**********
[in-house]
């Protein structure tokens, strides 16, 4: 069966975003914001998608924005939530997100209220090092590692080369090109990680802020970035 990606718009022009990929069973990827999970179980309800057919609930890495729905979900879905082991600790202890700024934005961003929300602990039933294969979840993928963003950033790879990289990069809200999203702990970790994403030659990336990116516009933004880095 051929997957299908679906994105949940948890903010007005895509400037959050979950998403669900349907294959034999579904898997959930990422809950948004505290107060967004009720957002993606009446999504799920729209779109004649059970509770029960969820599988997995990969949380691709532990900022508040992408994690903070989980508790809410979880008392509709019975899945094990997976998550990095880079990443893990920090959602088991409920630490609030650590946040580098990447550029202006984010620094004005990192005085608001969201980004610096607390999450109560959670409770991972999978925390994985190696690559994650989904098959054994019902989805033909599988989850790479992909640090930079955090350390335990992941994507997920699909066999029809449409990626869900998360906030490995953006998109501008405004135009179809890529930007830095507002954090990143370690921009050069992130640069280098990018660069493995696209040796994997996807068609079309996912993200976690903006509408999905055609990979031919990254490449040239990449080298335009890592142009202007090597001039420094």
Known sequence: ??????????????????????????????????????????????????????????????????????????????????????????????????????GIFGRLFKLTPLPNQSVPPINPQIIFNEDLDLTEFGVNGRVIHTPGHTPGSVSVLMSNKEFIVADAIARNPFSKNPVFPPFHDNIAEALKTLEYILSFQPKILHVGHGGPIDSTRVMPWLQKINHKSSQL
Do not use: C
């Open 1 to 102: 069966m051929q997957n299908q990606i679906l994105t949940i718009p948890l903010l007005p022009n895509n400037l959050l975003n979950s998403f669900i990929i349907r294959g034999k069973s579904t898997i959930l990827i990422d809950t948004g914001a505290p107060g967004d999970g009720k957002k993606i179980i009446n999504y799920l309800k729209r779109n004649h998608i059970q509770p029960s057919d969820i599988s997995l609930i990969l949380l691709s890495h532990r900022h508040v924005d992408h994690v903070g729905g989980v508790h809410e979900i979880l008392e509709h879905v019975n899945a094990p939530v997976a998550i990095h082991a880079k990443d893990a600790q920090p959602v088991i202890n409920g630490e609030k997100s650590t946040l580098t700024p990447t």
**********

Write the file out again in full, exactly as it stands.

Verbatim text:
[in-house]
């Protein structure tokens, strides 16, 4: 069966975003914001998608924005939530997100209220090092590692080369090109990680802020970035 990606718009022009990929069973990827999970179980309800057919609930890495729905979900879905082991600790202890700024934005961003929300602990039933294969979840993928963003950033790879990289990069809200999203702990970790994403030659990336990116516009933004880095 051929997957299908679906994105949940948890903010007005895509400037959050979950998403669900349907294959034999579904898997959930990422809950948004505290107060967004009720957002993606009446999504799920729209779109004649059970509770029960969820599988997995990969949380691709532990900022508040992408994690903070989980508790809410979880008392509709019975899945094990997976998550990095880079990443893990920090959602088991409920630490609030650590946040580098990447550029202006984010620094004005990192005085608001969201980004610096607390999450109560959670409770991972999978925390994985190696690559994650989904098959054994019902989805033909599988989850790479992909640090930079955090350390335990992941994507997920699909066999029809449409990626869900998360906030490995953006998109501008405004135009179809890529930007830095507002954090990143370690921009050069992130640069280098990018660069493995696209040796994997996807068609079309996912993200976690903006509408999905055609990979031919990254490449040239990449080298335009890592142009202007090597001039420094």
Known sequence: ??????????????????????????????????????????????????????????????????????????????????????????????????????GIFGRLFKLTPLPNQSVPPINPQIIFNEDLDLTEFGVNGRVIHTPGHTPGSVSVLMSNKEFIVADAIARNPFSKNPVFPPFHDNIAEALKTLEYILSFQPKILHVGHGGPIDSTRVMPWLQKINHKSSQL
Do not use: C
């Open 1 to 102: 069966m051929q997957n299908q990606i679906l994105t949940i718009p948890l903010l007005p022009n895509n400037l959050l975003n979950s998403f669900i990929i349907r294959g034999k069973s579904t898997i959930l990827i990422d809950t948004g914001a505290p107060g967004d999970g009720k957002k993606i179980i009446n999504y799920l309800k729209r779109n004649h998608i059970q509770p029960s057919d969820i599988s997995l609930i990969l949380l691709s890495h532990r900022h508040v924005d992408h994690v903070g729905g989980v508790h809410e979900i979880l008392e509709h879905v019975n899945a094990p939530v997976a998550i990095h082991a880079k990443d893990a600790q920090p959602v088991i202890n409920g630490e609030k997100s650590t946040l580098t700024p990447t």